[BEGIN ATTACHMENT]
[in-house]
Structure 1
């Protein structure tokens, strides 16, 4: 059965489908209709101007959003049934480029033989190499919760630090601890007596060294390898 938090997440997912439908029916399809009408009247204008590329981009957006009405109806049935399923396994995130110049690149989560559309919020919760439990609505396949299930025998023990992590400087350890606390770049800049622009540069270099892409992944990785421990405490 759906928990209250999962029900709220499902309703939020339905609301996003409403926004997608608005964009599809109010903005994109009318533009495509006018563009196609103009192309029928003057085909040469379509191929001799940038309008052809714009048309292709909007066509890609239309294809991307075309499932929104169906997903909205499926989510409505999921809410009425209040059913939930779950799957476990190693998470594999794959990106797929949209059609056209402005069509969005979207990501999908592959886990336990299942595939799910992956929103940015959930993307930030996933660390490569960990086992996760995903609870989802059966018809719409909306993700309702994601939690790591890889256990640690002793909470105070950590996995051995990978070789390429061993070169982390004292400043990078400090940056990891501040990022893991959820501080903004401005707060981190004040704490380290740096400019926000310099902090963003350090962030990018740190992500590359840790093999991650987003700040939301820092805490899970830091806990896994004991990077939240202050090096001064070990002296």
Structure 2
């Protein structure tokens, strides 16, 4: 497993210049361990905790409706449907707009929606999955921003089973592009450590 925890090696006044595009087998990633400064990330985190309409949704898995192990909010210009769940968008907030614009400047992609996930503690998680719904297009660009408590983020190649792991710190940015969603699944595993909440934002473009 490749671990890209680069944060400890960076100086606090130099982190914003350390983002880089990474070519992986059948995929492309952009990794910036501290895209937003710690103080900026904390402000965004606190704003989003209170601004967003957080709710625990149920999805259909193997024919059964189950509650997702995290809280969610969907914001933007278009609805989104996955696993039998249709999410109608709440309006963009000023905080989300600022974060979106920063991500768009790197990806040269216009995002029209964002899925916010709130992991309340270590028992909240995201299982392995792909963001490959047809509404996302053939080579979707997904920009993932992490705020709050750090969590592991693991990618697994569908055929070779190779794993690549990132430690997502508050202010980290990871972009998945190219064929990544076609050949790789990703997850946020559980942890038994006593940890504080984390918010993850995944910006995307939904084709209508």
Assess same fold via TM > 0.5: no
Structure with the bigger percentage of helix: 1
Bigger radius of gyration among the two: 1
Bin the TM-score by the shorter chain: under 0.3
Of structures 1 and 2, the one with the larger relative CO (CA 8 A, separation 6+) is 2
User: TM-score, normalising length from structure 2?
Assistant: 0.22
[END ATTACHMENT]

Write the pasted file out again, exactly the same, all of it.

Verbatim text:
[in-house]
Structure 1
């Protein structure tokens, strides 16, 4: 059965489908209709101007959003049934480029033989190499919760630090601890007596060294390898 938090997440997912439908029916399809009408009247204008590329981009957006009405109806049935399923396994995130110049690149989560559309919020919760439990609505396949299930025998023990992590400087350890606390770049800049622009540069270099892409992944990785421990405490 759906928990209250999962029900709220499902309703939020339905609301996003409403926004997608608005964009599809109010903005994109009318533009495509006018563009196609103009192309029928003057085909040469379509191929001799940038309008052809714009048309292709909007066509890609239309294809991307075309499932929104169906997903909205499926989510409505999921809410009425209040059913939930779950799957476990190693998470594999794959990106797929949209059609056209402005069509969005979207990501999908592959886990336990299942595939799910992956929103940015959930993307930030996933660390490569960990086992996760995903609870989802059966018809719409909306993700309702994601939690790591890889256990640690002793909470105070950590996995051995990978070789390429061993070169982390004292400043990078400090940056990891501040990022893991959820501080903004401005707060981190004040704490380290740096400019926000310099902090963003350090962030990018740190992500590359840790093999991650987003700040939301820092805490899970830091806990896994004991990077939240202050090096001064070990002296």
Structure 2
């Protein structure tokens, strides 16, 4: 497993210049361990905790409706449907707009929606999955921003089973592009450590 925890090696006044595009087998990633400064990330985190309409949704898995192990909010210009769940968008907030614009400047992609996930503690998680719904297009660009408590983020190649792991710190940015969603699944595993909440934002473009 490749671990890209680069944060400890960076100086606090130099982190914003350390983002880089990474070519992986059948995929492309952009990794910036501290895209937003710690103080900026904390402000965004606190704003989003209170601004967003957080709710625990149920999805259909193997024919059964189950509650997702995290809280969610969907914001933007278009609805989104996955696993039998249709999410109608709440309006963009000023905080989300600022974060979106920063991500768009790197990806040269216009995002029209964002899925916010709130992991309340270590028992909240995201299982392995792909963001490959047809509404996302053939080579979707997904920009993932992490705020709050750090969590592991693991990618697994569908055929070779190779794993690549990132430690997502508050202010980290990871972009998945190219064929990544076609050949790789990703997850946020559980942890038994006593940890504080984390918010993850995944910006995307939904084709209508």
Assess same fold via TM > 0.5: no
Structure with the bigger percentage of helix: 1
Bigger radius of gyration among the two: 1
Bin the TM-score by the shorter chain: under 0.3
Of structures 1 and 2, the one with the larger relative CO (CA 8 A, separation 6+) is 2
User: TM-score, normalising length from structure 2?
Assistant: 0.22